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On the 24th May, 2018, the European Commission tabled a proposal to the European Parliament and Council regarding the introduction of a number of amendments to the Motor Insurance Directive (Directive 2009/103/EC) (the ‘Directive’). The proposed changes follow a public consultation which took place between July and October 2017.

The following are the amendments being proposed by the European Commission:

  • Insolvency of an insurer: If the insurer of the vehicle responsible for an accident is insolvent, victims will be fully compensated in their Member State of residence. In cross-border situations, this will ensure that the ultimate financial responsibility is borne by the insurance sector of the home Member State of the insurer, while ensuring that victims are compensated quickly.
  • Claims history statements: Insurers will have to treat claims history statements issued by an insurer in a different Member State equally to those issued domestically. This should ensure that citizens purchasing insurance abroad can benefit from more advantageous insurance premiums, on the same level as domestic consumers.
  • Uninsured driving: Member States’ powers to combat uninsured driving will be reinforced. This can be done by conducting domestic systematic verification of motor third party liability insurance of registered policies, carrying out roadside checks and imposing effective penalties for owners of uninsured vehicle. On a cross border basis, checks can be carried out by making use of unobtrusive technological developments (such as number plate recognition technology) without impinging on the principle of free movement of people and vehicles in the Single Market.
  • Minimum amounts of cover: EU citizens will benefit from the same level of minimum protection when travelling in the EU. The proposal sets out harmonised minimum protection levels for personal injury and material damage across the EU, as current minimum levels differ slightly between Member States.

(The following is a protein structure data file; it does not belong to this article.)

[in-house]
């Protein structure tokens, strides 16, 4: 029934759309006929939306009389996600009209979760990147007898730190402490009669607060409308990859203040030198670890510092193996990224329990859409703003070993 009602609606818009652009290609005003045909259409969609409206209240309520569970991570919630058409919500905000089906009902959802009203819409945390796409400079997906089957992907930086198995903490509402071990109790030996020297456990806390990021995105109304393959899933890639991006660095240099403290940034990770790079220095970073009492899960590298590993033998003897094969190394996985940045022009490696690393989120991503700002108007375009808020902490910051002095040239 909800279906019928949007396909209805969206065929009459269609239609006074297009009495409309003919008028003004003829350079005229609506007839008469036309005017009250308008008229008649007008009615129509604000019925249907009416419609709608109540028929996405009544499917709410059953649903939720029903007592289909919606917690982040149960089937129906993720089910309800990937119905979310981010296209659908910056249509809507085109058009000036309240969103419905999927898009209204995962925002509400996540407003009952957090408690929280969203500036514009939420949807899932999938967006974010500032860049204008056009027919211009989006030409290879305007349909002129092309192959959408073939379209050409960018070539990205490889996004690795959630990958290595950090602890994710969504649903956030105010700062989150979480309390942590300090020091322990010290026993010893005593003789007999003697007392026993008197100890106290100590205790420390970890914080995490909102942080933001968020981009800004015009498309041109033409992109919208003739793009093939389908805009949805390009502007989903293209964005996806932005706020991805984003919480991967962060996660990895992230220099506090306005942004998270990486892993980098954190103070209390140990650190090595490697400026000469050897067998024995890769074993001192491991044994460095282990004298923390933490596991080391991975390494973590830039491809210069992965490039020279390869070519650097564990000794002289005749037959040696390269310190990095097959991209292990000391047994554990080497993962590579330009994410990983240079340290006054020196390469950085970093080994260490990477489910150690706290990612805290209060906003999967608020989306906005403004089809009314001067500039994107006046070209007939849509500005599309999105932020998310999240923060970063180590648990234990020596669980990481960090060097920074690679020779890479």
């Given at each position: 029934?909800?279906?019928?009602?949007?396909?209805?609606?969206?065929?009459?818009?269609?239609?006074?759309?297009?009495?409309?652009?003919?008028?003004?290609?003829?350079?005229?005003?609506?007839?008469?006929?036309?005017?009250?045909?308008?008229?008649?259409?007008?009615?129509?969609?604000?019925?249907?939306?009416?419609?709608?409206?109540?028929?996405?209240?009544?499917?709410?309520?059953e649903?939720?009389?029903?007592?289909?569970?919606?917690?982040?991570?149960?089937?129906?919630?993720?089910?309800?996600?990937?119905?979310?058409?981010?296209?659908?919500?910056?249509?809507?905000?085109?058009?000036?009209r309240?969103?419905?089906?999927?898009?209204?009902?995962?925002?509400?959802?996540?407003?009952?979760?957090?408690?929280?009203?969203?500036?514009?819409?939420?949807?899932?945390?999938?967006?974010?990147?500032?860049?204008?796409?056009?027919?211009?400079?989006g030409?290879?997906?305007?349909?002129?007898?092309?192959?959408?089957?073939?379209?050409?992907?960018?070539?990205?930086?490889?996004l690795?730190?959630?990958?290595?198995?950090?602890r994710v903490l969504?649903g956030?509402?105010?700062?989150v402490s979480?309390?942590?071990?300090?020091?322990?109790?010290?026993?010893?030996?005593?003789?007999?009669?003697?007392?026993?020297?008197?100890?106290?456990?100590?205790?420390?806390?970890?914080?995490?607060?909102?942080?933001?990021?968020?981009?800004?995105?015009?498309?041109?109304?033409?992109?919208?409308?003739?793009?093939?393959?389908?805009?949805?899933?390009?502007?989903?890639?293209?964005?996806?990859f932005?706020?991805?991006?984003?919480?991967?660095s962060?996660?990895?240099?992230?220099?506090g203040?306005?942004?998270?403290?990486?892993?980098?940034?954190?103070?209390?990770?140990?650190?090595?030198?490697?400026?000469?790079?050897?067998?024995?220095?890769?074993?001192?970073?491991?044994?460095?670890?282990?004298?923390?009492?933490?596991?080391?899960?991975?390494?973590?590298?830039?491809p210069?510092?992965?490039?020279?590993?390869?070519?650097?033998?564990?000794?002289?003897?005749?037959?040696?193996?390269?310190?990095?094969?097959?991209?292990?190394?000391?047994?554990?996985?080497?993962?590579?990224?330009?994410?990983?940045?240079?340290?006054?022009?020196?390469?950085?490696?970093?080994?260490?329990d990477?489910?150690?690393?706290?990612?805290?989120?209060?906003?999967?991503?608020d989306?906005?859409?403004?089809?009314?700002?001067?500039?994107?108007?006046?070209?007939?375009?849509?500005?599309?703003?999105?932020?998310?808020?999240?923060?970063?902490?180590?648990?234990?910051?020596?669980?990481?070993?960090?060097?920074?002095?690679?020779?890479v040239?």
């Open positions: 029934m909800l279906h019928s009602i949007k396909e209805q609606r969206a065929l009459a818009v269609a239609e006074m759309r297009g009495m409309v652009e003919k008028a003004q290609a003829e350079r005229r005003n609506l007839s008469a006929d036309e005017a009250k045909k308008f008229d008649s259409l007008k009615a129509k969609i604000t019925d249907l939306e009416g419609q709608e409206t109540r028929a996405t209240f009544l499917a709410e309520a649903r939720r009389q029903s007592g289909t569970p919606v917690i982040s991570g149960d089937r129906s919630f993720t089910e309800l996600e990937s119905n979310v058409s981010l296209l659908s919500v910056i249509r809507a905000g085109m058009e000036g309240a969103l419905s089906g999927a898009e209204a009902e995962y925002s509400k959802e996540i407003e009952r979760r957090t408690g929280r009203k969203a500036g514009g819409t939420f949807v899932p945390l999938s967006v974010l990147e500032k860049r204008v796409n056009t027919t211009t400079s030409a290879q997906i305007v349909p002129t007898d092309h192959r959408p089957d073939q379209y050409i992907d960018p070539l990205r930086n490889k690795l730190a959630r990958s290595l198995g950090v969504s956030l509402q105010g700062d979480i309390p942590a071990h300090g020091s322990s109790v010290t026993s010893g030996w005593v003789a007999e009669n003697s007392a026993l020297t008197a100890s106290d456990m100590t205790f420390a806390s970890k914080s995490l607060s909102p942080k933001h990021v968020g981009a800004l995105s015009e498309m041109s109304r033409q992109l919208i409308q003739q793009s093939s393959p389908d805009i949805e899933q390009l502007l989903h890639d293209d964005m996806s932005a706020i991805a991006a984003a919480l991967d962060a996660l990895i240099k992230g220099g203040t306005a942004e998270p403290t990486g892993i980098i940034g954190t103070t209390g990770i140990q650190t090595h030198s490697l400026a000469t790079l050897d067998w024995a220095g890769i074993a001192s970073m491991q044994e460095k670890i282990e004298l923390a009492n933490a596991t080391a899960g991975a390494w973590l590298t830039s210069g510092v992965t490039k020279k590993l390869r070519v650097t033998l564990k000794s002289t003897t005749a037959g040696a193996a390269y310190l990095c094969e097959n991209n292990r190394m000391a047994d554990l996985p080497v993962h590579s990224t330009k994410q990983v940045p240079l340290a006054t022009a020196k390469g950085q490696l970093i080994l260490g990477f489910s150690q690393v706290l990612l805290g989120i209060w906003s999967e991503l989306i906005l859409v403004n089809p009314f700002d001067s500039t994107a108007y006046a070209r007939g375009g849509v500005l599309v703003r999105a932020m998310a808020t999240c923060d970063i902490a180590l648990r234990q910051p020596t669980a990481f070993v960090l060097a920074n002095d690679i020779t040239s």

• Scope of Directive: The rules clarify that accidents caused during the normal use of a vehicle for the purpose of transportation, including its use on private properties, are covered.
  • New types of motor vehicles: New types of motor vehicles, such as electric bikes (e-bikes), Segways and electric scooters already fall within the scope of the Directive. Furthermore, in accordance with the principle of subsidiarity, Member States have the power to exempt new types of electric motor vehicles from compulsory third-party motor insurance on the condition that a national compensation fund will ensure compensation of victims in case of an accident. The European Commission therefore deems that there is no need to bring any legislative changes in this respect.

Stakeholders and the general public are encouraged to respond to the proposal and accompanying impact assessment. The feedback period closes on the 24 July 2018. 

This document does not purport to give legal, financial or tax advice. Should you require further information or legal assistance, please do not hesitate to contact Dr. Edmond Zammit Laferla or Dr. Petra Attard